I like to write notes, but I want to do more. I’m going to save money to do gifts. Just sending a photo and text can be enough for some to let you know you’re thinking of them. A message on their Facebook feed is good, but a personalized message just for them is even better. My friends are amazing. They sent me care packages when my husband got sick and could no longer work. They sent notes with scripture sayings to encourage. A few drove eight hours to come stay for a long weekend and help out. This was one of the most moving and meaningful things anyone has ever done for me. I hope I can do something special for them sometime.
Maintaining friendships like this that last a lifetime (we’re on 20 years almost), is about one action of love at a time. One decision at a time to stop the daily grind and let someone know you care. It’s about calling when a friend is struggling, not just texting or messaging. When my college friend lost her mom, I wasn’t able to go to the funeral. Instead I created a scrapbook with photos from my friend’s Facebook, quotes, and poems I wrote to show her I cared. She said it was one of the most thoughtful gifts she had received.
You show you care in whatever way works for you, with whatever gifts God gave you, with whatever resources you have in this season.
Good intentions may leave you with regrets if you don’t follow through. Pouring out love on those you love will only spread love farther as the effects of your one action has lasting impacts you may never know.
Get Creative. Create new memories.
This is a tough one with the distance. Money is definitely a factor. Save up money. I want to do an annual trip eventually. I might need to figure out what I need to give up in order to make that happen financially or how I might earn some extra cash. Some people use credit cards with mileage to earn points for trips.
One of my friends said once, if you want to keep the relationship, you’re going to have to do the work. My long distance friendships mean the world to me, but I haven’t been putting the time in to show that. I’ve been focused on trying to build friendships close to home, which hasn’t worked well. So my goal this year has been to foster these amazing friendships and help them grow.
However, it doesn’t have to be expensive. It doesn’t even have to cost money to create new memories long distance. You just gotta be creative.
My close college friends and I love board games and play them when we visit each other every 2-5 years, and those are some of my favorite memories while they visit. When Covid hit I got a text invitation to join an online game night. Yes! We played Fibbish from Jackbox games where everyone writes a lie and you have to guess the truth. Points if people pick your lie. Points if you get the truth. It was so much fun catching up, seeing their faces, and playing something fun. I know that one text started a tradition. Here are other games you can try if you want to do this with your family or friends. Scattergories, Skribble, even Virtual Min it to Win it could work. Virtual Min it to Win It Ideas 2. Super fun and entertaining.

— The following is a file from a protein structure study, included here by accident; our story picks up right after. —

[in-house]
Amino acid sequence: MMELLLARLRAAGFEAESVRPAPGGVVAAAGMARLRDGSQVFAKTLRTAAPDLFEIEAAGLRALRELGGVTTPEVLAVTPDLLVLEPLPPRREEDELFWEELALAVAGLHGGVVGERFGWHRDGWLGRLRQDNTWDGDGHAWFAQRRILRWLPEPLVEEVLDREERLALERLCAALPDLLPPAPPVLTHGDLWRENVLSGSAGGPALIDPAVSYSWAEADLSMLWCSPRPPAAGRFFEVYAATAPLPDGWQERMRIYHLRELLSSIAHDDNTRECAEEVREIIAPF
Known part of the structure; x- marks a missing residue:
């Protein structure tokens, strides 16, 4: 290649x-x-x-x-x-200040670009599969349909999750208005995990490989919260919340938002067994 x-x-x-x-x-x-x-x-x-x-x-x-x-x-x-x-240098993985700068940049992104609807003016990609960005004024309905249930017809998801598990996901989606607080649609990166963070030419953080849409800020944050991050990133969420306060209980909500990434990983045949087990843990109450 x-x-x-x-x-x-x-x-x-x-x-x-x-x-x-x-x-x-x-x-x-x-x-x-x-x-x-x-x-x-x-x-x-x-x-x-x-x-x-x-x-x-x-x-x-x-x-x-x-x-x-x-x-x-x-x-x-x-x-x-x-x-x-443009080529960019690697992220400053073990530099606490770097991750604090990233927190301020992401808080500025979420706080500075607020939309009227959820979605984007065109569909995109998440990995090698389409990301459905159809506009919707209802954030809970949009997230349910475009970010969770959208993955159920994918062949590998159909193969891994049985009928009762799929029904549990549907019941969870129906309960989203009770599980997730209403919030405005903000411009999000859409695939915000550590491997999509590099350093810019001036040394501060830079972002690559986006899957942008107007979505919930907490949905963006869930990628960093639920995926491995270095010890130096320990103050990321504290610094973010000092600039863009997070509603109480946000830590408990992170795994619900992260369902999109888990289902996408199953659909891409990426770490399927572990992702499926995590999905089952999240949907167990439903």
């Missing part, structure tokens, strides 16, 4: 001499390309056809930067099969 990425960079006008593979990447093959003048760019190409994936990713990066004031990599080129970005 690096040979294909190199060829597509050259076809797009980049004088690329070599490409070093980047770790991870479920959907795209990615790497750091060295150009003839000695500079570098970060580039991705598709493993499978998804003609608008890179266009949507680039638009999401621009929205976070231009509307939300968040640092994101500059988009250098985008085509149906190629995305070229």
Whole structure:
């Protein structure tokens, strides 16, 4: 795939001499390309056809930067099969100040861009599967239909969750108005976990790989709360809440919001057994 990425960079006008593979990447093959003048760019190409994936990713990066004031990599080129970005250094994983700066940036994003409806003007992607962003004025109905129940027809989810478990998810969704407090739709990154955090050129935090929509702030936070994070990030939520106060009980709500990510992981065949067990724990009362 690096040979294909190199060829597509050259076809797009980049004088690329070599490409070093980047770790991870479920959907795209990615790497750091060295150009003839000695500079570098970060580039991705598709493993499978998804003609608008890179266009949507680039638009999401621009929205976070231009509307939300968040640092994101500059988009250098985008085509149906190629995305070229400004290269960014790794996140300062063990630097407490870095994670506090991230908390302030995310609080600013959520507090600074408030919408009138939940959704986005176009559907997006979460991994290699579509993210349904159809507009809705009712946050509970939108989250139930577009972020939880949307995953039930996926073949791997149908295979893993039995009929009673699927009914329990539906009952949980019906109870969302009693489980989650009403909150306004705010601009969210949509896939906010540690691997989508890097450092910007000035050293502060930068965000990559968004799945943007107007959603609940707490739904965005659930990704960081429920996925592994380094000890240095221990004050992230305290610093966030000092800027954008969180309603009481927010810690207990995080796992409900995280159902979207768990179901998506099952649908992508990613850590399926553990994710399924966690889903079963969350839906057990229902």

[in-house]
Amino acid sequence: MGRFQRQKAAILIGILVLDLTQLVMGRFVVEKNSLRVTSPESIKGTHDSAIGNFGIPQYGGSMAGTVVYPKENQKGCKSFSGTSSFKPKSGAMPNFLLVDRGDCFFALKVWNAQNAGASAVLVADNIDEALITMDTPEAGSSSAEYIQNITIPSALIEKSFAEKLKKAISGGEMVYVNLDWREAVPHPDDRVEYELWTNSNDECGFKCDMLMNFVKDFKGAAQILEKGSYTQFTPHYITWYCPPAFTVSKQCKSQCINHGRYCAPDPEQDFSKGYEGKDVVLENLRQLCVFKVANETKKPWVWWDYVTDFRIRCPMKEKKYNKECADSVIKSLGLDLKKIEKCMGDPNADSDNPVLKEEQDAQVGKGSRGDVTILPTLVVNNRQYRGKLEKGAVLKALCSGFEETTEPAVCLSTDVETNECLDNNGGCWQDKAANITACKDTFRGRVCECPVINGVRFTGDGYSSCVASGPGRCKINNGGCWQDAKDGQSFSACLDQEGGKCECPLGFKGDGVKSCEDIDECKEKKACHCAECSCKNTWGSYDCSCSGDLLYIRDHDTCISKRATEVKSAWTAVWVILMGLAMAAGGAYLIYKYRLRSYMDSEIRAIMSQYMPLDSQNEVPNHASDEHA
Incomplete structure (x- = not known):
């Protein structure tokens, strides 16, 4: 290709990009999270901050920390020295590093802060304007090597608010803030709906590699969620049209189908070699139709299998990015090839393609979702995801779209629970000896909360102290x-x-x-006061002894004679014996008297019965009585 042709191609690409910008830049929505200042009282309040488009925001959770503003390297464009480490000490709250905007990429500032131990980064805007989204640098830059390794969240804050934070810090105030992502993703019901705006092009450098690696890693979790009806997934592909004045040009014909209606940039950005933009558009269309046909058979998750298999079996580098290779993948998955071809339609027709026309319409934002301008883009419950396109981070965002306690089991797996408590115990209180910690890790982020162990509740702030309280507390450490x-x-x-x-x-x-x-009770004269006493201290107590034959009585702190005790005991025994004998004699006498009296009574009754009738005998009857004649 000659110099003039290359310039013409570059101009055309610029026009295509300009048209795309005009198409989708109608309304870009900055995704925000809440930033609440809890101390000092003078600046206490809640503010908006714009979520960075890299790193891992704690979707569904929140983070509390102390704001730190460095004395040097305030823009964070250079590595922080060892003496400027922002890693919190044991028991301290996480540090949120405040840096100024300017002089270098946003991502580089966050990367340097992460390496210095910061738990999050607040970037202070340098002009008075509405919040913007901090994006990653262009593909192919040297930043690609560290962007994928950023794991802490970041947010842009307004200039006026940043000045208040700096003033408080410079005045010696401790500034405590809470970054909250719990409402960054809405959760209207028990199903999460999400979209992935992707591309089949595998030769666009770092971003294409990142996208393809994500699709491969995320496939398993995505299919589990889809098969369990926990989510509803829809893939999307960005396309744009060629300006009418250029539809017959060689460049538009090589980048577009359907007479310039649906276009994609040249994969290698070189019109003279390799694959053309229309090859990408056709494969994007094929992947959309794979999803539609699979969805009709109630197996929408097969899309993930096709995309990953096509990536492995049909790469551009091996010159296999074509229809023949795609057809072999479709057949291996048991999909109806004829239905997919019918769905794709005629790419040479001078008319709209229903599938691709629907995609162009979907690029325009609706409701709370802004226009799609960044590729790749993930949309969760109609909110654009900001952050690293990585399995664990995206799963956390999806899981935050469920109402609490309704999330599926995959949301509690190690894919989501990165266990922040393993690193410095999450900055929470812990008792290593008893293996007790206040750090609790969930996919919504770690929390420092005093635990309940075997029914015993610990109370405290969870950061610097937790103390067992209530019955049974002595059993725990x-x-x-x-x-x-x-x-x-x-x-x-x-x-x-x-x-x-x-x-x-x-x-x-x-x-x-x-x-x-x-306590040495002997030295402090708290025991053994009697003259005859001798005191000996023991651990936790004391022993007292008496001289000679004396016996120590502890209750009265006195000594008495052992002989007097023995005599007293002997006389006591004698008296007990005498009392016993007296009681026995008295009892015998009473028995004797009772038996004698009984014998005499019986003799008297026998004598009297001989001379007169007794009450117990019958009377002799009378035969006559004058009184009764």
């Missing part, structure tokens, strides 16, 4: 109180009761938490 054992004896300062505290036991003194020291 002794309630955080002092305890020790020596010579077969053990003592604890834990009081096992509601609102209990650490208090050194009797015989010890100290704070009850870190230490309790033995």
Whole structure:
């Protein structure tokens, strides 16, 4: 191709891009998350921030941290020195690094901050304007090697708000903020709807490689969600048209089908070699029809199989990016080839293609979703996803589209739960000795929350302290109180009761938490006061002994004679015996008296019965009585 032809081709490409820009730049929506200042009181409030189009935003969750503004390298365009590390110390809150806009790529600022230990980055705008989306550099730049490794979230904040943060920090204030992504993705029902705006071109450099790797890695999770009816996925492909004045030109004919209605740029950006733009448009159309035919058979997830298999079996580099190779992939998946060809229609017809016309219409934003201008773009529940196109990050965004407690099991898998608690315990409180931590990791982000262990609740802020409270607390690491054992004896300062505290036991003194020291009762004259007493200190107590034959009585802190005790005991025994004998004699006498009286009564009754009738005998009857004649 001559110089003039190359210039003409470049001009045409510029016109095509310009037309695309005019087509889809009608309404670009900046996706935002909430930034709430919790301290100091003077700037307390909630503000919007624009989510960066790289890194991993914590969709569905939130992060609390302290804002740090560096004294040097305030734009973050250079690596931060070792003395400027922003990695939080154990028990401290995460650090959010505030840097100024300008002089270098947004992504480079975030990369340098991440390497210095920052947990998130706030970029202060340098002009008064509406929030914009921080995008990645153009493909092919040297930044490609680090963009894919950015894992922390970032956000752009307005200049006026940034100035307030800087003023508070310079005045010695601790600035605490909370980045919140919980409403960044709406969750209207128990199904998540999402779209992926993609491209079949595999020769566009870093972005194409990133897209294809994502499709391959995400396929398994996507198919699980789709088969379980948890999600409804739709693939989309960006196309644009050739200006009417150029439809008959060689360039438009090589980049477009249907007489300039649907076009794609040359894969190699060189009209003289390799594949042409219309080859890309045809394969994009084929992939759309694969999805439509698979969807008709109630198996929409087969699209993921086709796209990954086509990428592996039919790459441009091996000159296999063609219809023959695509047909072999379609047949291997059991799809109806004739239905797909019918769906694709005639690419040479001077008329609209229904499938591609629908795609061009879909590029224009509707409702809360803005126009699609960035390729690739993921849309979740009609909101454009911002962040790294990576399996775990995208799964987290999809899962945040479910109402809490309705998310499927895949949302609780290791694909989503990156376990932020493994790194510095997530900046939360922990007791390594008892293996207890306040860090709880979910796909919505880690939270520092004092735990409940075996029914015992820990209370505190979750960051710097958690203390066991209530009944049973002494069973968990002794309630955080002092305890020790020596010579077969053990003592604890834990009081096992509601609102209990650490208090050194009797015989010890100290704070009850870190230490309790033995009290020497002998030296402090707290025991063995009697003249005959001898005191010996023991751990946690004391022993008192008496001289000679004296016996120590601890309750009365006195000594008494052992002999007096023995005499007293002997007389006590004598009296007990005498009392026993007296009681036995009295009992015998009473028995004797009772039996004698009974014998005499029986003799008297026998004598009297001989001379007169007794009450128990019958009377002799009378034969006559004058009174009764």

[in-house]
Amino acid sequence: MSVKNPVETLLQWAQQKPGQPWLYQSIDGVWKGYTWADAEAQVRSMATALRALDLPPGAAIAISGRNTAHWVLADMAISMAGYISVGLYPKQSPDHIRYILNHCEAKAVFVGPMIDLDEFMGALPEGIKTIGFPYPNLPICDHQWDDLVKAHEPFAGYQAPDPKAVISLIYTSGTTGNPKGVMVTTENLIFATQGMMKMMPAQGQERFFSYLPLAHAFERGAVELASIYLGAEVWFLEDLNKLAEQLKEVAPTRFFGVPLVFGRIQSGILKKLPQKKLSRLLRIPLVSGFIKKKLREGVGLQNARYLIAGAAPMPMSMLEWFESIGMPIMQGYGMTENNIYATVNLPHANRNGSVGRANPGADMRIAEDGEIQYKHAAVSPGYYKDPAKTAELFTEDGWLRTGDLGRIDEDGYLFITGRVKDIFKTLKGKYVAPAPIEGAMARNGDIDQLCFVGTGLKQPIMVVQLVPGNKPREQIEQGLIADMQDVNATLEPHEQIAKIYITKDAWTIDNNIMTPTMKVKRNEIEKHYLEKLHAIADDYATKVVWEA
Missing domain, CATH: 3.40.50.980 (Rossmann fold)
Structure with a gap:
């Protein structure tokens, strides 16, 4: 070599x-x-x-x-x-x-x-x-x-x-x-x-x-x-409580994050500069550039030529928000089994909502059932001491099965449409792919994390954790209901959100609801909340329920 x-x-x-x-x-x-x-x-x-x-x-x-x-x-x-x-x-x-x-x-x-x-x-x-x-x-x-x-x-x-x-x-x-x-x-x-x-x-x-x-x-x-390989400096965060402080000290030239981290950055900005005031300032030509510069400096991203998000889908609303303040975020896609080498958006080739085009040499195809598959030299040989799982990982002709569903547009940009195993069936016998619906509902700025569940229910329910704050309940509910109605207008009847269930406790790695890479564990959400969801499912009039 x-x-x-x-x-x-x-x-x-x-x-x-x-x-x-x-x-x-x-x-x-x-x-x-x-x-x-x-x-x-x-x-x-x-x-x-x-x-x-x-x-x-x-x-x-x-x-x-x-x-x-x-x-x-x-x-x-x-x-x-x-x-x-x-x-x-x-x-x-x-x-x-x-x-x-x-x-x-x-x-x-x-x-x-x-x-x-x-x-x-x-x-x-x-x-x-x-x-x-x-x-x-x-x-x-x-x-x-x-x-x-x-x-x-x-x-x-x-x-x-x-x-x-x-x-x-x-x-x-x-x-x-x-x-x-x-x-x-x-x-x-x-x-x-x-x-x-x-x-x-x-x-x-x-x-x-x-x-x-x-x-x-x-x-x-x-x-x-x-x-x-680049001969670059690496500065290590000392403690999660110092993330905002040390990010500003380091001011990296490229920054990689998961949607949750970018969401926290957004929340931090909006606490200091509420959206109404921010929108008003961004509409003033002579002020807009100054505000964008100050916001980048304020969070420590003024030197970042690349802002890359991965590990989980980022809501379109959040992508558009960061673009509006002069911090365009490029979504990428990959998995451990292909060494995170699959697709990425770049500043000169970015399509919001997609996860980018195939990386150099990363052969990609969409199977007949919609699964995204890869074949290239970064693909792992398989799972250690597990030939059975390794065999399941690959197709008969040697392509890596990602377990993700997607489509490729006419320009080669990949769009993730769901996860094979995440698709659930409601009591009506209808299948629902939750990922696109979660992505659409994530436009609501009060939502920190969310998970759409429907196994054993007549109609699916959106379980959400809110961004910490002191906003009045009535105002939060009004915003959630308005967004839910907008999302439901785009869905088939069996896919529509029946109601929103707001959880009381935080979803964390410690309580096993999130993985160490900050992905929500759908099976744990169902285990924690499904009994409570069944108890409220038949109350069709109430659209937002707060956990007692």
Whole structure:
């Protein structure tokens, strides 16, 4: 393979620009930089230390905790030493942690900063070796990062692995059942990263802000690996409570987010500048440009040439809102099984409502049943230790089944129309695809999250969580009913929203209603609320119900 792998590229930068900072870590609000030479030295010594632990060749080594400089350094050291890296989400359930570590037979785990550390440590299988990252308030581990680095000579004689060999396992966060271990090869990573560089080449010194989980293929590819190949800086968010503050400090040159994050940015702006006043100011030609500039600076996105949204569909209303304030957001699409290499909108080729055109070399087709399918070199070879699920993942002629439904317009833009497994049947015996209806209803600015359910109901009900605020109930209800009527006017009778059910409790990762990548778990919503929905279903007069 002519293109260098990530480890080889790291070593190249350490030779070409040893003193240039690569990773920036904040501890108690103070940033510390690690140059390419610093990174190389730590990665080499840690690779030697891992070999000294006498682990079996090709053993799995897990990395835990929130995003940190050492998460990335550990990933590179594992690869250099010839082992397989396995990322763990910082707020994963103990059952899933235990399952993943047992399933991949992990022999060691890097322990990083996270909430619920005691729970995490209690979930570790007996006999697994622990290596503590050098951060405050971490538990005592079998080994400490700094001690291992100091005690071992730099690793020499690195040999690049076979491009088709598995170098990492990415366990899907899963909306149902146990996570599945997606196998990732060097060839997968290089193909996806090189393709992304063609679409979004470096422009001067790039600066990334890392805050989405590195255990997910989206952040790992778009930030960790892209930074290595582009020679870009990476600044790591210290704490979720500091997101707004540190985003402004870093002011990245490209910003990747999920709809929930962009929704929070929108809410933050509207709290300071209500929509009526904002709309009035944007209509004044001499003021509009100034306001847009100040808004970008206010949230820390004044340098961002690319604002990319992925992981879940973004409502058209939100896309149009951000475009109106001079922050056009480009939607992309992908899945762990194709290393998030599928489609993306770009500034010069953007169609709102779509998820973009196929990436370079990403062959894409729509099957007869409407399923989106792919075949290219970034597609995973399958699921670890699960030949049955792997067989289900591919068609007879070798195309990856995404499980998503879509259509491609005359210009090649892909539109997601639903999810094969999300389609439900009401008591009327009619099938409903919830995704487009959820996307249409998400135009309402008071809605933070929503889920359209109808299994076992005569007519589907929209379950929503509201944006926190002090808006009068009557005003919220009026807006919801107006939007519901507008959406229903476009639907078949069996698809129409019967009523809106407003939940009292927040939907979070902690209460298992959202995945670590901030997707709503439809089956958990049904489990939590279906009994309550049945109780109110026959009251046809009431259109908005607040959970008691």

Get creative. You can create a scrapbook together via google docs, watch tv shows together via zoom or google meets. You can do a long distance book club.
I’m going to try to do recipe creations with friends because I like to cook. We can cook the same dinner together on the phone or swap recipes and share photos.
My hope is I can join my friends’ craft day via zoom when my boys are older. Maybe until then we could work on our own time on a craft and share our creations when they’re done.
Maintaining friendships can be tricky no matter if they live down the road, in another state, or in another country. You change, your family grows, your responsibilities change. Life happens.
Some friends are in your life for a season. Some are in your life forever. Be flexible and open to your friendship changing. The love you put into your relationship only adds to the love, laughter, and good memories in your own when you’re both invested, and who doesn’t love that?
May you find ways to connect and deepen your long distance relationships and feel fuller and happier in the process.